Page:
- Un mariage contesté: "L'union de la Cité et de la ville inférieure de Lausanne" (1481)
Even though the qualifier "nuptials" appears in an account of the town of Lausanne in 1479, it is not a "marriage" but a political union that reveals both the ambitions of the people of Lausanne and their tense relations with Bishop Benoît de Montferrand. This union has been well known to historians since the seventeenth century. But this knowledge has been totally freshed, by the author, thanks to a systematic examination of all available sources, in particular the accounts books of the town of Lausanne. Clémence Thévenaz knows a way to make them talk. The registration of an inn's bill frequently allows us to identify the protagonists and the purpose of their meeting. Another asset consists in the full edition of fifty-eight supporting documents completed by bibliographic notes of the principal craftsmen of the union. Consequently we can say that this study constitutes a valuable contribution to the history of Lausanne.
Until the union of 1480, Lausanne was divided into two communities each one with its own administration. The city (civitas) was administered by two syndics and one Council where the Chapter played a key role. As for the lower town (villa, villa inferior), it was governed by two syndics or "priors" and divided into four districts, each one represented by six delegates to the Council that thus counted twenty-four members.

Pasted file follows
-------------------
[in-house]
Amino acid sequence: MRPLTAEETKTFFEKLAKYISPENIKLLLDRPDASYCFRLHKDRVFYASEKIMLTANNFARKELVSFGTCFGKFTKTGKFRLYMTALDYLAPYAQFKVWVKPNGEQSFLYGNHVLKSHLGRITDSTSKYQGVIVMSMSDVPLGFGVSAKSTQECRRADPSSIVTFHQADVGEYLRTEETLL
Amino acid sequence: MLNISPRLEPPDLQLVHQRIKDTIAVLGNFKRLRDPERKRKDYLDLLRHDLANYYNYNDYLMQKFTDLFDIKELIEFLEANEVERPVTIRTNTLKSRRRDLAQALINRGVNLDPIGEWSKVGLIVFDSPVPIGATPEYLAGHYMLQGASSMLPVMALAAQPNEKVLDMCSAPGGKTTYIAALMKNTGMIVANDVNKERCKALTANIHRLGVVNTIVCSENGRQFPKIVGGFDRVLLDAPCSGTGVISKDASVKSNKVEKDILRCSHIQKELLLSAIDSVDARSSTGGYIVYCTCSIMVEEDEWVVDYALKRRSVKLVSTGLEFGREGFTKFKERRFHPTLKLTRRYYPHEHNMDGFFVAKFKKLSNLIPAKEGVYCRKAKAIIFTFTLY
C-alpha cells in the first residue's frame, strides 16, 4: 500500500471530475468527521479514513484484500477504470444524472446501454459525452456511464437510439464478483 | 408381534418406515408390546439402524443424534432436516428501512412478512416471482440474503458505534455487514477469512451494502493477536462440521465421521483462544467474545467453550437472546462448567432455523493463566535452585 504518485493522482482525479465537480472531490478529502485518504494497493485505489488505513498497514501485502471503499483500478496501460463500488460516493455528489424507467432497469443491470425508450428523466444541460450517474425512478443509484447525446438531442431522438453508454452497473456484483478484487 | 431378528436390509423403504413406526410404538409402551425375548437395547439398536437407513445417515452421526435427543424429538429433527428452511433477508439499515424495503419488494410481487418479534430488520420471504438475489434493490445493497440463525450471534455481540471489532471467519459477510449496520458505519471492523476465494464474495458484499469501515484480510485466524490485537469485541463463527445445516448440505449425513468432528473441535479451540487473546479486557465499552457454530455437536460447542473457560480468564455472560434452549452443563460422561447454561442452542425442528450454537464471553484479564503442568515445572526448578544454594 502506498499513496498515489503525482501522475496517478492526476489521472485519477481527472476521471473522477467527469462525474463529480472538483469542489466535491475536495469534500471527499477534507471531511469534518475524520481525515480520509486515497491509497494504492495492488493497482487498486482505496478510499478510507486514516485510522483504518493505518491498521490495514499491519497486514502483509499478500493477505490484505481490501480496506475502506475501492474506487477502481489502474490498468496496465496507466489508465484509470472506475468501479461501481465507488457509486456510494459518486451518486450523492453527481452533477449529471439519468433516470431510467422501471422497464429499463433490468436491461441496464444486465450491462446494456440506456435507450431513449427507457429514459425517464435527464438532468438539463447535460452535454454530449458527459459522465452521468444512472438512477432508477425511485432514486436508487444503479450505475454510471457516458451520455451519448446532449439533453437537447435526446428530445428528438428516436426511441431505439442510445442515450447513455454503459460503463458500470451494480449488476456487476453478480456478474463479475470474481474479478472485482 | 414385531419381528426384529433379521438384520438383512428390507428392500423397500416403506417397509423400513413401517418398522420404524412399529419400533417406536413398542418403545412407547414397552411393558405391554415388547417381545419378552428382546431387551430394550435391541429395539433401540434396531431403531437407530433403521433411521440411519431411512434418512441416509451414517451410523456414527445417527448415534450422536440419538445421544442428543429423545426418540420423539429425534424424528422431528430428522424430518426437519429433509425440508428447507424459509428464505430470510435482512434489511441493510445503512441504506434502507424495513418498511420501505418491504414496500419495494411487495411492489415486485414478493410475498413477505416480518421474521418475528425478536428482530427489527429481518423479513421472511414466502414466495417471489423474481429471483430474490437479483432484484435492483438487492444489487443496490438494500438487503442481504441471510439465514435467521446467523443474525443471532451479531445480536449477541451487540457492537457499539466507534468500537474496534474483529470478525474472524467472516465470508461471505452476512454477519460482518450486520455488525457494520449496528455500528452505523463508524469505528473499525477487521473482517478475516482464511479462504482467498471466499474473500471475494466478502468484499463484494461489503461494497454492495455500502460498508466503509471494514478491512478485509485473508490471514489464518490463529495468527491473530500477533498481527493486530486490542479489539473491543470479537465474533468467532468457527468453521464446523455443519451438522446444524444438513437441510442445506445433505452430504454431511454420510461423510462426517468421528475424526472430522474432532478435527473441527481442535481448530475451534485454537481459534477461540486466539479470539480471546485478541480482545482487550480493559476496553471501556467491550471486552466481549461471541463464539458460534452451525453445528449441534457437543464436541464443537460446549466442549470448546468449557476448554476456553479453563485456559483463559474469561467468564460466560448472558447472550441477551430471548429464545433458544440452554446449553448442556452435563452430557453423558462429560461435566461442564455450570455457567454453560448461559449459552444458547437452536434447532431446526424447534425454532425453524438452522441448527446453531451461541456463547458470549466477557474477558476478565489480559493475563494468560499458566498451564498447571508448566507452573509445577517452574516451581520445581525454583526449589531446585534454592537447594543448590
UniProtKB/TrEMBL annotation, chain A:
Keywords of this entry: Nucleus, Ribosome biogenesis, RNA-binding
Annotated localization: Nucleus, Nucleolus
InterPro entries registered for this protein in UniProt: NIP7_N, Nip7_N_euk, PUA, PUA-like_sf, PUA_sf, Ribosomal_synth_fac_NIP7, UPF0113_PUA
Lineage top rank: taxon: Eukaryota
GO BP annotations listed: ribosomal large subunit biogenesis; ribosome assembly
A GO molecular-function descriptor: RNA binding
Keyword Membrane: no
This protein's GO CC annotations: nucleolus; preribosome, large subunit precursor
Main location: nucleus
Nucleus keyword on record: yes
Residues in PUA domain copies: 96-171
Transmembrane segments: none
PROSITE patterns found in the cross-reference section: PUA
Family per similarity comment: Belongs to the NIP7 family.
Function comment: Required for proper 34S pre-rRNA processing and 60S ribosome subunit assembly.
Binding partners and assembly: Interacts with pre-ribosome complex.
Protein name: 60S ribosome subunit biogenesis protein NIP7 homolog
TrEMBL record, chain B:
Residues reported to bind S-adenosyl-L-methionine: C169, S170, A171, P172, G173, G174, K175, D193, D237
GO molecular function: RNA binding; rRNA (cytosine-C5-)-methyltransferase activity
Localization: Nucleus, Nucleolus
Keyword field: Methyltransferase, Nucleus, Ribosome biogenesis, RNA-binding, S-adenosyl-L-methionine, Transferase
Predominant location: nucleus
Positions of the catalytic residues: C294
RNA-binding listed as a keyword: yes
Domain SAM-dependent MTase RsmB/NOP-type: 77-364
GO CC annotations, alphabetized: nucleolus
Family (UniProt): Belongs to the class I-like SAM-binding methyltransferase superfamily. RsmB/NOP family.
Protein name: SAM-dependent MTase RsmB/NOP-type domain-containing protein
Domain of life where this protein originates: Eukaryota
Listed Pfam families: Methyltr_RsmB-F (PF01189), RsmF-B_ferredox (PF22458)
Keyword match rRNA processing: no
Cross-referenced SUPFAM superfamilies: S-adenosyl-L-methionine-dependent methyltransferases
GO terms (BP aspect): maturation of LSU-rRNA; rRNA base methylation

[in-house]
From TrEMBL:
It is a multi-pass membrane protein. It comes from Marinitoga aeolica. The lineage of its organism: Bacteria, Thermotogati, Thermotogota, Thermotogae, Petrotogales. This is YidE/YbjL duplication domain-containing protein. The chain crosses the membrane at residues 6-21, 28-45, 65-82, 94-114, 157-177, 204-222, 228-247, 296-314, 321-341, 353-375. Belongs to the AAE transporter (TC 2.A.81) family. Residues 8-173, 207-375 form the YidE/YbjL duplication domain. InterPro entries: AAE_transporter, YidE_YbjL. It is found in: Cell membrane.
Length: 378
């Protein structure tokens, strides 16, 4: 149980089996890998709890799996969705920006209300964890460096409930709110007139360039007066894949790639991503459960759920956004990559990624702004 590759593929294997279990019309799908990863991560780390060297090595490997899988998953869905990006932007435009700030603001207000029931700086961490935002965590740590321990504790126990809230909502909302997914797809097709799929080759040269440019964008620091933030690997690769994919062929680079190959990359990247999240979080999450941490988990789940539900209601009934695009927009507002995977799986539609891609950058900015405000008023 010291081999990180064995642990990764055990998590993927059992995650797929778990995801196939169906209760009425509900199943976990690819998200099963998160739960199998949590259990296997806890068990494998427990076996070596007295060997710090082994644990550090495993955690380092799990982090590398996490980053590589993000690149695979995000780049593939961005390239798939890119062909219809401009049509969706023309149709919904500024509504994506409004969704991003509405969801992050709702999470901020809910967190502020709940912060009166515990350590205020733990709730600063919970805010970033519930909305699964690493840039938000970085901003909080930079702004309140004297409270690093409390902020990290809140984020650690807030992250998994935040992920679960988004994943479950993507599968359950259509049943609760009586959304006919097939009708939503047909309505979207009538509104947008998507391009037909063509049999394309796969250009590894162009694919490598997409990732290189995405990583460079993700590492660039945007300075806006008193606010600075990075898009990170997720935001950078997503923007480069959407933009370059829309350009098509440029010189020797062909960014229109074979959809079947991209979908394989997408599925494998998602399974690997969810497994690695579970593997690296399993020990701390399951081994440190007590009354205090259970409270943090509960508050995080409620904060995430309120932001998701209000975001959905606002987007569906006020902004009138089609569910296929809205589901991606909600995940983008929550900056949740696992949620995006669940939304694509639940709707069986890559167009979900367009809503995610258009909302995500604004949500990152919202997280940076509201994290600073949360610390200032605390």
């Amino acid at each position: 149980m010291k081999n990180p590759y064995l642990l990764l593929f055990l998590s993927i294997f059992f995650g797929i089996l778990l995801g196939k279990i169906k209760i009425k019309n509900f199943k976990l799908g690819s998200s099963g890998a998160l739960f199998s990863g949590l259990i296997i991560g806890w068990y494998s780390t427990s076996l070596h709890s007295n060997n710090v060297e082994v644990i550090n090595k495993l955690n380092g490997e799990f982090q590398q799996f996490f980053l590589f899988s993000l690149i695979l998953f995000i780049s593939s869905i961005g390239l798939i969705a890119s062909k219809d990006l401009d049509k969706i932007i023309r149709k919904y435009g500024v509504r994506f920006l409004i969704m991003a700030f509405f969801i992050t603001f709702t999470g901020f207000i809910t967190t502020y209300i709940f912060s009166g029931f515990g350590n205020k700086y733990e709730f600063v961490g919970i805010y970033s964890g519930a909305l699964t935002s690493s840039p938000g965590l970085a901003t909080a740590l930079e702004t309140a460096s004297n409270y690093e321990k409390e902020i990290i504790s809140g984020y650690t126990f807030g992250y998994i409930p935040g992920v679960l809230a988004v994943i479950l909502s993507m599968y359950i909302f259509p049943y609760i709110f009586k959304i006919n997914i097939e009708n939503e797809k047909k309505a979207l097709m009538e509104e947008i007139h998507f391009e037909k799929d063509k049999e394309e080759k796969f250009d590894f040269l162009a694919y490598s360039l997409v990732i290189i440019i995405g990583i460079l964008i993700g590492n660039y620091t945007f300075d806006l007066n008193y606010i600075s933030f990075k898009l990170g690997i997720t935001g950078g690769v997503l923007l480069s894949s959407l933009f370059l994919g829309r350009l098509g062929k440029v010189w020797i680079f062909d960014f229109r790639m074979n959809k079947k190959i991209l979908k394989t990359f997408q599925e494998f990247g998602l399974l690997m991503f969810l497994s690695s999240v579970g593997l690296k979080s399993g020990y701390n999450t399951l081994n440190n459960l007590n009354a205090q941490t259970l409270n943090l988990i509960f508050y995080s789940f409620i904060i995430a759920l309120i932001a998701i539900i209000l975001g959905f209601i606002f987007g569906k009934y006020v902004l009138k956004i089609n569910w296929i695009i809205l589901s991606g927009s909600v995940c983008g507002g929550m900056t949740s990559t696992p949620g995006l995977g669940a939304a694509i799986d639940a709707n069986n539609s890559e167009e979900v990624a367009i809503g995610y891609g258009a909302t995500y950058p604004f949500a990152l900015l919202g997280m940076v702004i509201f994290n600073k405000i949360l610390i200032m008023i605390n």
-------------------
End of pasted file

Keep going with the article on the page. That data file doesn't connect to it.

Above all there were constant tensions between the Bishop Benoît de Montferrand (1476–91) and his subjects of Lausanne who were the principal cause of the union. Puffed up with their rights, the bishop and his officers frequently violated the franchises. In March of 1478 the lower town's Council decided to carry out the union and to secretly meet the city's representatives. [End Page 350] From then on these two institutions collaborated closely in this project but did not prevail until July 9, 1480. If the event was celebrated the same day by a bonfire, this first act of union did not emerge without questions. Thus, the request to affix the seals of the "Official de Lausanne" and of the Metropolitan court of Besançon remained unanswered. A new request to affix the seals of the "official," the Chapter, and the Metropolitan court or at least one of them is made but unanswered. We can imagine the bishop forbidding his "official" to seal an act prejudicial to his rights. This new act of union, shorter but more complex than the first one, settled numerous questions that have not been answered yet, in particular the community's new denomination as, Civita [ti]s Lausannensis communitas, because the city is worthier than the township, the text says. It was to be governed by twelve counselors and two syndics or governors recruited one within the city and the other one within the lower city. This union was concluded for the future and will not have retroactive effects, which again brings up questions on the reach of the version of 1480 and of 1481. Although the author judges the first one to have been already a perfect agreement,we doubt, in law, that it could be considered as binding for the parties before obtaining the approval of the Chapter. If we keep in mind the marital metaphor,we could see in the act of 1480 a matrimonium initiatum and see in the act of 1481 a matrimonium perfectum!
The bishop's anger rightfully increased, as the Chapter rallied. On the one hand, he should have been convened by the Chapter when it deliberated, and on the other, further to art. 64 of the "Plaict general," no innovations were permitted without consulting with the three orders, gathered in a secular court under the presidency of the prelate. Obviously, this led to many appeals to the Metropolitan court of Besançon, the...